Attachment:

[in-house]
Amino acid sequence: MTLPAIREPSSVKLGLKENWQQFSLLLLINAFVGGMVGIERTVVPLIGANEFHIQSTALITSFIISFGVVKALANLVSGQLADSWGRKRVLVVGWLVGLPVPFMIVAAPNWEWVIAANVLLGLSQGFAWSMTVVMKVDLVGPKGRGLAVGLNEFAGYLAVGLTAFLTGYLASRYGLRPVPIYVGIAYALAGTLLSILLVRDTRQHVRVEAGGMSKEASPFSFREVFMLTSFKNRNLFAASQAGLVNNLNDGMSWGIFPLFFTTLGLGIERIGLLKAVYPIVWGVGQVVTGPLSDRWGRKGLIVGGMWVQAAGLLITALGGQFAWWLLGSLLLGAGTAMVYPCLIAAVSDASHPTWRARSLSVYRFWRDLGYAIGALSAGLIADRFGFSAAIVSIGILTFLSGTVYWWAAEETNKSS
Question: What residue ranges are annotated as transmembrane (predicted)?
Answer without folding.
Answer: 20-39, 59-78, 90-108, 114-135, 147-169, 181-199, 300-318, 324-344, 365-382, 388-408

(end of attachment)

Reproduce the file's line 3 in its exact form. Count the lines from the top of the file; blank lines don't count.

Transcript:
Question: What residue ranges are annotated as transmembrane (predicted)?